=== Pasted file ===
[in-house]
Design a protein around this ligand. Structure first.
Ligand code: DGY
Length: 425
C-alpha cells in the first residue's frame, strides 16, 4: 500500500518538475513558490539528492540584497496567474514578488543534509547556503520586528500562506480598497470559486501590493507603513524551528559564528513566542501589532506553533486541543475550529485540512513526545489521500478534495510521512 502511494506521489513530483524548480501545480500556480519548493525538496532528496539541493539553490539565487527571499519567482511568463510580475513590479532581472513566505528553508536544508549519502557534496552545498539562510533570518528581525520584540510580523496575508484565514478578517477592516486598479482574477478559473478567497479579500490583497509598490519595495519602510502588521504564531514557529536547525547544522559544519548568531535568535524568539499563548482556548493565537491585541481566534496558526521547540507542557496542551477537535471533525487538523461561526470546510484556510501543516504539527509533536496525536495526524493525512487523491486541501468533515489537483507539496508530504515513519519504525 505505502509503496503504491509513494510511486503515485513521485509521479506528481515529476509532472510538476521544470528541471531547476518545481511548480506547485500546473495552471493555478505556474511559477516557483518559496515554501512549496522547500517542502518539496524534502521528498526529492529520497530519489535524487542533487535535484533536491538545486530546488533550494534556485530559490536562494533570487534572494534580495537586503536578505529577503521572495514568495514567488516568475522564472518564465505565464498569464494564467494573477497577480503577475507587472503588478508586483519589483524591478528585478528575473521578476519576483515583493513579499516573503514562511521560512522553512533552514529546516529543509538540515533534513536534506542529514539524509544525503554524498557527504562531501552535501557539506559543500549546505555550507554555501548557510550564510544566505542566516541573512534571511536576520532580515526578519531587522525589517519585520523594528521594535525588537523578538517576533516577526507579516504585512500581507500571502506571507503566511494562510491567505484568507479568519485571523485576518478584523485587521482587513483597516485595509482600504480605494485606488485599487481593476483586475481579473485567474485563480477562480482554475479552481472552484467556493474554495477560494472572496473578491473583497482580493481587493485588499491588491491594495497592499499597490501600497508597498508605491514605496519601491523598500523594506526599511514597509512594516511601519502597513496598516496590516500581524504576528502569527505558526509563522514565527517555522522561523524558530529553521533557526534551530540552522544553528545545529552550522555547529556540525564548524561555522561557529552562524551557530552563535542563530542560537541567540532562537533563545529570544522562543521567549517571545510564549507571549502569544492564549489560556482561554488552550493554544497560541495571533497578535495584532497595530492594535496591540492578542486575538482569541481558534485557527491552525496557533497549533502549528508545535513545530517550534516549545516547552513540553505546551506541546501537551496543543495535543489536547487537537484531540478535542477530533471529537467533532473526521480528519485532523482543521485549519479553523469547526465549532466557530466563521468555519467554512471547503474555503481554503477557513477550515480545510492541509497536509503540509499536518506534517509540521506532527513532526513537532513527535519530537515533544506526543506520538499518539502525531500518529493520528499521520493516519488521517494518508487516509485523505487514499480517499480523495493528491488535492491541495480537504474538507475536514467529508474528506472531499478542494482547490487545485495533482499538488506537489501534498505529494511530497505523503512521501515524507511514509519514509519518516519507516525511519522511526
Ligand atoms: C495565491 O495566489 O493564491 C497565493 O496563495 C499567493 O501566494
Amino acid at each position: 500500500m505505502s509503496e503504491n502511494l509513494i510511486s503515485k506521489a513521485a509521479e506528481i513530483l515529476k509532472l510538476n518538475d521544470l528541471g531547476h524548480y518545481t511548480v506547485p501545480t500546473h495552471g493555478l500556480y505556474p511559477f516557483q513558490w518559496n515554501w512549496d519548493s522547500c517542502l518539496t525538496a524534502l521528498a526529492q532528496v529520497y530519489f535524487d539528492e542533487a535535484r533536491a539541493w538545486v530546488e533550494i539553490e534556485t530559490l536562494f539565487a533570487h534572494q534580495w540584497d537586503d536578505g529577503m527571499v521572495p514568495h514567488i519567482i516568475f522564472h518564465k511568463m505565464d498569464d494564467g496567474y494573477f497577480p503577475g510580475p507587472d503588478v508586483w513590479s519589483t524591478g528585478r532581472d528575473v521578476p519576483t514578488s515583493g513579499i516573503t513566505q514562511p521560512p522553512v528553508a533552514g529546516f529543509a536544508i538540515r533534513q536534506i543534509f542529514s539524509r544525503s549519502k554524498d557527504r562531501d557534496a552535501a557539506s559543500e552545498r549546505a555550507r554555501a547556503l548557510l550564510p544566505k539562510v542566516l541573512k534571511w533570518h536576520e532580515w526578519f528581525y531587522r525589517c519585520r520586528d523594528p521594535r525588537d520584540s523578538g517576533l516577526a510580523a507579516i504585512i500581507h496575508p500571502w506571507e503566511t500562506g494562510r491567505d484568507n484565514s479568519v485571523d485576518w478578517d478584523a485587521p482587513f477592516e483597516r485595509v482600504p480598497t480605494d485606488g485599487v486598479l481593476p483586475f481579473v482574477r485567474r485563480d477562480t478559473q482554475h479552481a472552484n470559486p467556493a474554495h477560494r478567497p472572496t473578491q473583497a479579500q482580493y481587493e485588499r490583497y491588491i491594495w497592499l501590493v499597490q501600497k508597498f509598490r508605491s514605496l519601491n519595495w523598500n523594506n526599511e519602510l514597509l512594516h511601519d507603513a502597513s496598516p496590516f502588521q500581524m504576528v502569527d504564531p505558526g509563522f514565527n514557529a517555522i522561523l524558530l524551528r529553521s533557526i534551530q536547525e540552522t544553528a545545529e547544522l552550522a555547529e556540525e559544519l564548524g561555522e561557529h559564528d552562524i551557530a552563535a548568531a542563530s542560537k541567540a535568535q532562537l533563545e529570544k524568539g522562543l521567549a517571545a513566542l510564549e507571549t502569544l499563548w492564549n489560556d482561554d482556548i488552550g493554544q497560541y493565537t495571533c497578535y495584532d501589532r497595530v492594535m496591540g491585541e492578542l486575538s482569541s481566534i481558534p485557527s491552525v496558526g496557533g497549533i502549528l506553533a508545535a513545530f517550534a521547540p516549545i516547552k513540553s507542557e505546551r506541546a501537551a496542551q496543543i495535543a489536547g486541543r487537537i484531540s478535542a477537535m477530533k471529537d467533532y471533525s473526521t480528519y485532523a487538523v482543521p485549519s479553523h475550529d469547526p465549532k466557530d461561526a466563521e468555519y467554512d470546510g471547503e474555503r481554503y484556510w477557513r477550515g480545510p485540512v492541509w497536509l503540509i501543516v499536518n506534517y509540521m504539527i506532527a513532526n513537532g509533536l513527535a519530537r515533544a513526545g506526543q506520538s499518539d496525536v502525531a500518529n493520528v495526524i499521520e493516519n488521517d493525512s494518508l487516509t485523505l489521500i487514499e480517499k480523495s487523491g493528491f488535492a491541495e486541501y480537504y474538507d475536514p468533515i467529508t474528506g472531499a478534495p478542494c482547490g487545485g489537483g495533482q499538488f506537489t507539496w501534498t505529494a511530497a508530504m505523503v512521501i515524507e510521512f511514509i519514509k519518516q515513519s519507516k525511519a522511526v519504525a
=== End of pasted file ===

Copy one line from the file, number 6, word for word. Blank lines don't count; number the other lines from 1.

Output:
Ligand atoms: C495565491 O495566489 O493564491 C497565493 O496563495 C499567493 O501566494